And neither Garcia’s performance, nor Robinson’s script, gives anyone any reason to think otherwise. Robinson just pretends Garcia is going to sell it and he doesn’t.

The film is full of character actors giving good performances–Lance Henriksen, Kevin Conway, Bob Gunton, Kathy Baker, Graham Beckel. Working actors who bring something to thinly written roles. The outliers are Garcia, leading lady Uma Thurman (as a blind witness he inexplicably romances–they have zero chemistry) and John Malkovich. Thurman’s good too, lack of chemistry aside.

But Garcia doesn’t just bring something to the role. Robinson gives the character all sorts of ticks–playing with his lighter, sniffing liquor since he doesn’t drink anymore–and they all seem intended to distract from Garcia not being able to sell any of the part. He’s not convincing as an obsessed detective, not convincing as a love interest for Thurman. It’d be a mess if there was any enthusiasm.

Sadly, there’s some good production work–great photography from Conrad L. Hall, a nice score from Christopher Young–and not bad composition from Robinson.

It’s just lame.

0/4ⓏⒺⓇⓄ

CREDITS

Written and directed by Bruce Robinson; director of photography, Conrad L. Hall; edited by Conrad Buff IV; music by Christopher Young; production designer, Richard Macdonald; produced by Gary Lucchesi and David Wimbury; released by Paramount Pictures.

Starring Andy Garcia (John Berlin), Uma Thurman (Helena), Lance Henriksen (Freddy Ross), Kathy Baker (Margie Ross), Kevin Conway (Citrine), Graham Beckel (John Taylor), Lenny von Dohlen (Blattis), Bob Gunton (Goodridge), Paul Bates (Venables), Perry Lang (Travis), Bryan Larkin (Bobby Rose), Nicholas Love (Bisley), Michael O’Neill (Serato) and John Malkovich (St. Anne).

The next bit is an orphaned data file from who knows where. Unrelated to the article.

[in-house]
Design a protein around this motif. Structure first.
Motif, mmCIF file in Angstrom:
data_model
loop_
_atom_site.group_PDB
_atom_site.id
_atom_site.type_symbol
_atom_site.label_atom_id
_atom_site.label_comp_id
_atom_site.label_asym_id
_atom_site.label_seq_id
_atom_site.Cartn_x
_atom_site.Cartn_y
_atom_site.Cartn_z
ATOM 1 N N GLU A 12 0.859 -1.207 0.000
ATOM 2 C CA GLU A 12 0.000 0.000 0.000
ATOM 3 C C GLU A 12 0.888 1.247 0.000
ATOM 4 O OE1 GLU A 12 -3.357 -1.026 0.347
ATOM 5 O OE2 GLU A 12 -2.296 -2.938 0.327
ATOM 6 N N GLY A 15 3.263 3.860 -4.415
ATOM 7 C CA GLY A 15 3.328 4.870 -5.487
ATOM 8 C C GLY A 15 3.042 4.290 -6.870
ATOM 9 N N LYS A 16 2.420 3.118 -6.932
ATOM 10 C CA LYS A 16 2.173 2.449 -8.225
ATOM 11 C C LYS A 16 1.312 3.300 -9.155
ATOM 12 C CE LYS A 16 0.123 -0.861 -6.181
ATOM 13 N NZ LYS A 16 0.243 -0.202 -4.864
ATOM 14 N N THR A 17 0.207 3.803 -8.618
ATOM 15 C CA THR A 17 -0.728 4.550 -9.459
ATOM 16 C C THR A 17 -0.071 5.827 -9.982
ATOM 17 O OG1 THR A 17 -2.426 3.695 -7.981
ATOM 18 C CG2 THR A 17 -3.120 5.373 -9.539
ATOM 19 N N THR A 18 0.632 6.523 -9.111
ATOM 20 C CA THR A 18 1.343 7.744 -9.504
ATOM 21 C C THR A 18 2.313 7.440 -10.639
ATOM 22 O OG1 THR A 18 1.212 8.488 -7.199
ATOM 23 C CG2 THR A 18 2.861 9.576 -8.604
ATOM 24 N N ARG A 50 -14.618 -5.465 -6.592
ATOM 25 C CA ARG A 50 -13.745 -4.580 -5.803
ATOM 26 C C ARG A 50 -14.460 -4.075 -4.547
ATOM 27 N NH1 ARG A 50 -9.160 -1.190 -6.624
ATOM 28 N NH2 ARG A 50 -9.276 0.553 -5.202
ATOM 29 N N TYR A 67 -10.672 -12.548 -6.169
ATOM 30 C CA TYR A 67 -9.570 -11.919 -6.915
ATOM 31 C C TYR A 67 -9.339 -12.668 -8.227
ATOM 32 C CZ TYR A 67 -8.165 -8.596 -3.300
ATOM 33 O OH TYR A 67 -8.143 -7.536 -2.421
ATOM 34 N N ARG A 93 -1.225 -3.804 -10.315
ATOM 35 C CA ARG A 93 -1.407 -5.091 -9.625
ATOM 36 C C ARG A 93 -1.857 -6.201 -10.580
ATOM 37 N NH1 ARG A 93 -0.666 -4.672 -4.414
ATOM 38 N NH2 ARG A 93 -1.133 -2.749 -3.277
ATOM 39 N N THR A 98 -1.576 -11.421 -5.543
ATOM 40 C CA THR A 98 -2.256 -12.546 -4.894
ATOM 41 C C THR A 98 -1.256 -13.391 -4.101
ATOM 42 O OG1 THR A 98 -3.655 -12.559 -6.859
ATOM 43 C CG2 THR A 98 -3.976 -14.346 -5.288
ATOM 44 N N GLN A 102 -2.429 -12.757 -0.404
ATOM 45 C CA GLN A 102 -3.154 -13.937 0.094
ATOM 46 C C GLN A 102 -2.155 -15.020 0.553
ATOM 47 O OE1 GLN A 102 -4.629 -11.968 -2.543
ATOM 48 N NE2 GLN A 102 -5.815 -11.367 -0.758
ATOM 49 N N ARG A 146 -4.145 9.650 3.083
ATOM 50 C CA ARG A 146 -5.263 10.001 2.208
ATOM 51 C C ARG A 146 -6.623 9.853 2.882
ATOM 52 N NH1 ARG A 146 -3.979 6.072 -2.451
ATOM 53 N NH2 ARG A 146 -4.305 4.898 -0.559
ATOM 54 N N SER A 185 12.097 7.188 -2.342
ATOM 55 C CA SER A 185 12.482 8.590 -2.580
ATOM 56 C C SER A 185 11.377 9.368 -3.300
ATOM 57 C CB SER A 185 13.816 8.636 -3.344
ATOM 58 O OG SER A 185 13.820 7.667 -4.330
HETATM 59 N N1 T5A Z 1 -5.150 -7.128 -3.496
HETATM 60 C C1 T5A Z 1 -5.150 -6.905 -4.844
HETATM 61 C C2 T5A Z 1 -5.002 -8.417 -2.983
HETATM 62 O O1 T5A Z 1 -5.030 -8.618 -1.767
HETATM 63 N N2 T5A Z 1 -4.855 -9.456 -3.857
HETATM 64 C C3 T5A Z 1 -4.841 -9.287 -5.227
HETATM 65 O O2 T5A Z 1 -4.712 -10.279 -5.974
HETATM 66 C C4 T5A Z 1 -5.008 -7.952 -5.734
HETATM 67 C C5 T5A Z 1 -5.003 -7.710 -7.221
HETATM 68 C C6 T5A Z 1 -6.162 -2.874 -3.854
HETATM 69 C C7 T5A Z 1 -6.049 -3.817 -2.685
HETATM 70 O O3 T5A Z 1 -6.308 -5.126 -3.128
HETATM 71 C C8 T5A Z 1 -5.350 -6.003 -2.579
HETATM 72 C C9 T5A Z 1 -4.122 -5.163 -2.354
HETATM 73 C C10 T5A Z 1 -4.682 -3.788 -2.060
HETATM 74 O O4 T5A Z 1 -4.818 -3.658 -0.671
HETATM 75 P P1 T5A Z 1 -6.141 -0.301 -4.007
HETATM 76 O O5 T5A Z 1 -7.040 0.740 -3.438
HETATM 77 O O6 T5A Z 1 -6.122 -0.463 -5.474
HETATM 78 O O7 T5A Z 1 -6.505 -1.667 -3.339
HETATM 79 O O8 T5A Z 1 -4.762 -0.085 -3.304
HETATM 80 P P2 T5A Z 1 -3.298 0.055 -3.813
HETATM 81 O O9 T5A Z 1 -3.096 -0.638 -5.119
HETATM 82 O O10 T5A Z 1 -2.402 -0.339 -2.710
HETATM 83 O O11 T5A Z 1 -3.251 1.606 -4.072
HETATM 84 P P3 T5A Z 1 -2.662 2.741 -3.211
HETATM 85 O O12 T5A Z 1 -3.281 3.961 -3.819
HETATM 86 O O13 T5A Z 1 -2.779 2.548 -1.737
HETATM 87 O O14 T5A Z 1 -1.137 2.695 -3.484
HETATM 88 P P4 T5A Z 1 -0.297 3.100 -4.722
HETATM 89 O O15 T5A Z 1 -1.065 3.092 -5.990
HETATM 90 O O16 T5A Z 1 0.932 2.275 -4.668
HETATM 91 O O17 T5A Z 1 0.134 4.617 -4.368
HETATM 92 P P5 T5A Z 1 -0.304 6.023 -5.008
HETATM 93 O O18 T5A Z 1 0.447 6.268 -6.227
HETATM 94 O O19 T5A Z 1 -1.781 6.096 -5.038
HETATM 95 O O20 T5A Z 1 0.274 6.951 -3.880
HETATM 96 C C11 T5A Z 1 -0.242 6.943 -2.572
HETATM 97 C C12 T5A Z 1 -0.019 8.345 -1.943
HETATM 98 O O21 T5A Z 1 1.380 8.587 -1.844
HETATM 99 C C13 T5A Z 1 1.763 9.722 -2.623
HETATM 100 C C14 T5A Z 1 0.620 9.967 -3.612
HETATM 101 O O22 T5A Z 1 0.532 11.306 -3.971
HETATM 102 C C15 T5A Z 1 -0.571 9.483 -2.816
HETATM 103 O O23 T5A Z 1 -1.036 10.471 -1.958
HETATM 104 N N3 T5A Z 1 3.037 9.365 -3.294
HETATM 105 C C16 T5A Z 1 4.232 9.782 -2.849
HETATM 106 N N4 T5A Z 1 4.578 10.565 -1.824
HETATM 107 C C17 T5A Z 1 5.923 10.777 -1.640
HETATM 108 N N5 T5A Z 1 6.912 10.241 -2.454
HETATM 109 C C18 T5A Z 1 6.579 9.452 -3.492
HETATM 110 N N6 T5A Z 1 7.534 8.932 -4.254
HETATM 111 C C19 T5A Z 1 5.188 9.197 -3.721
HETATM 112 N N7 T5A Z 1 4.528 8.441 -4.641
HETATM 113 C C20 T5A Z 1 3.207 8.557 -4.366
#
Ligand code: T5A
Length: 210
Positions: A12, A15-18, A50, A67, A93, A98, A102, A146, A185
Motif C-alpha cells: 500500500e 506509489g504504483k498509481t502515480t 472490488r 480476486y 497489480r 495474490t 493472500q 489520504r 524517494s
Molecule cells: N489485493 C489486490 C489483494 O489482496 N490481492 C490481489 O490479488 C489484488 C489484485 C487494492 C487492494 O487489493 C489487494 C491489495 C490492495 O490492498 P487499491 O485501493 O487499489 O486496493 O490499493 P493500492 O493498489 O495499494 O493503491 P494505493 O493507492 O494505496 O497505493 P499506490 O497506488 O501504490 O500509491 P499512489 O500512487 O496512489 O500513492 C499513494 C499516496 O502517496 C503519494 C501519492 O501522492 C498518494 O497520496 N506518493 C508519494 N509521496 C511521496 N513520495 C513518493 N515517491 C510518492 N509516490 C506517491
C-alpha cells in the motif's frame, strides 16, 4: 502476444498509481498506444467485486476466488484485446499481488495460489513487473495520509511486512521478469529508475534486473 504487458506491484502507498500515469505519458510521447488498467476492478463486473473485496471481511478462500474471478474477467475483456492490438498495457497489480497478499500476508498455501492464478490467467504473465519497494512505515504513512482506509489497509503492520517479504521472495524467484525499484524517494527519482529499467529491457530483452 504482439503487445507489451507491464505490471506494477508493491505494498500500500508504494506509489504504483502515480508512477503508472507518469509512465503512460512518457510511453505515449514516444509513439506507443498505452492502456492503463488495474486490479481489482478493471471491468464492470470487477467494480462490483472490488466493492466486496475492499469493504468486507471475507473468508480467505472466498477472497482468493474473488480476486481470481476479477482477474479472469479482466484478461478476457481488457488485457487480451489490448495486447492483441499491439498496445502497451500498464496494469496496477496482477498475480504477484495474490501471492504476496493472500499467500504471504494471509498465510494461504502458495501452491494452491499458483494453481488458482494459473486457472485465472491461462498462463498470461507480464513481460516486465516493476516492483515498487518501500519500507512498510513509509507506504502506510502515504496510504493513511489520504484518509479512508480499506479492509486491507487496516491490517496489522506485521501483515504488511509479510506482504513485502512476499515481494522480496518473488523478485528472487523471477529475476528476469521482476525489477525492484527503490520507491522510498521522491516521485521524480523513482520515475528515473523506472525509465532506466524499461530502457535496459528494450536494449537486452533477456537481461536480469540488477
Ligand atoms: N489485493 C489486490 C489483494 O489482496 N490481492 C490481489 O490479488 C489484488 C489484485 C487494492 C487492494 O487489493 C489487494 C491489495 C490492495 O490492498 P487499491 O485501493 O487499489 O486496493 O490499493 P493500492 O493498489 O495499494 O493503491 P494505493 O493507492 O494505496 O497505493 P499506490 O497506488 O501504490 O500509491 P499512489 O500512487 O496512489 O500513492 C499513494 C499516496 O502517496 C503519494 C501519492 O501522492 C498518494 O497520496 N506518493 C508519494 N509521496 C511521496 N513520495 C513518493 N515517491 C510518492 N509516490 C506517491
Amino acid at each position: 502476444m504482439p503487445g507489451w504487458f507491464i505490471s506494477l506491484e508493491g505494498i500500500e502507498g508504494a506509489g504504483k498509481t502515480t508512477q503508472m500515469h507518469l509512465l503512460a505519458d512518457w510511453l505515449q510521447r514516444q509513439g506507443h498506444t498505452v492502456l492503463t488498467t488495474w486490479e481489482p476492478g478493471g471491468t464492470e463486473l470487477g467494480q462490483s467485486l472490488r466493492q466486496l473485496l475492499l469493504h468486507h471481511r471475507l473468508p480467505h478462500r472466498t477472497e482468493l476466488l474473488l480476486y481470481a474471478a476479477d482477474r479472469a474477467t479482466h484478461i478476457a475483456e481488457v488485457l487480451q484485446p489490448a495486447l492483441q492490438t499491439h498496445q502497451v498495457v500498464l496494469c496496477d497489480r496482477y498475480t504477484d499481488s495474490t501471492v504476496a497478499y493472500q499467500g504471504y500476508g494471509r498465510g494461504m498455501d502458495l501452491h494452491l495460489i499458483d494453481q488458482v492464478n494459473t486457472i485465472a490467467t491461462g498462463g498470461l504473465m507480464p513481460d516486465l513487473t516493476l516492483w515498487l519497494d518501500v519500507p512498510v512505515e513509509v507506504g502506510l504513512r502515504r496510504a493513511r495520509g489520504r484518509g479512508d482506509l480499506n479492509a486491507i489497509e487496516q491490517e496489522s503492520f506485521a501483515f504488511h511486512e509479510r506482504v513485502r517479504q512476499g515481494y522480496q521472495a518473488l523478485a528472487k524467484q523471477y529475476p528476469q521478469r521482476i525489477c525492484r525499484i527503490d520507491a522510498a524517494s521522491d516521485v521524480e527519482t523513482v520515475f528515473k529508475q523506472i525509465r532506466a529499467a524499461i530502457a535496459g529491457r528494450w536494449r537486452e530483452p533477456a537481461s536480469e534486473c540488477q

Aliens (1986, James Cameron), the special edition

I always think of Aliens as a precisely choreographed ballet. Director Cameron moves his large cast–though it does winnow over time–around in these cramped sets and everyone has something to do; Cameron draws the viewer’s attention to one character, but the rest are in motion setting up the next moment in the scene.

Watching the film this time, I noticed how Cameron’s subtle introductions to each character later define them. Sure, there’s a handful of characters who don’t get much focus, but about nine do. It’s like a ballet on wires.

Cameron’s script is also able to keep up its urgency throughout. The titular aliens don’t even appear at the start of the second act; Cameron holds them off as long as possible, which later lets Aliens constantly break expectations. Cameron organically sets up and knocks down various possibilities for the film… all while following some definite horror genre standards.

Aliens is meticulous–Ray Lovejoy’s editing is truly astounding, whether he’s passing time with a fade or perfectly cutting the action scenes. Adrian Biddle’s photography’s excellent–as is the effects work–but Lovejoy’s editing is simply wow.

All of the principals are excellent. Obviously Sigourney Weaver, but Michael Biehn, Lance Henriksen and Paul Reiser are great too. Carrie Henn is fantastic in her difficult, understated scream princess role. I love how the script implies character relationships developing offscreen. It’s wonderful.

Cameron achieves a major success. Aliens is exhilarating. Like most great films, it gets better with every viewing.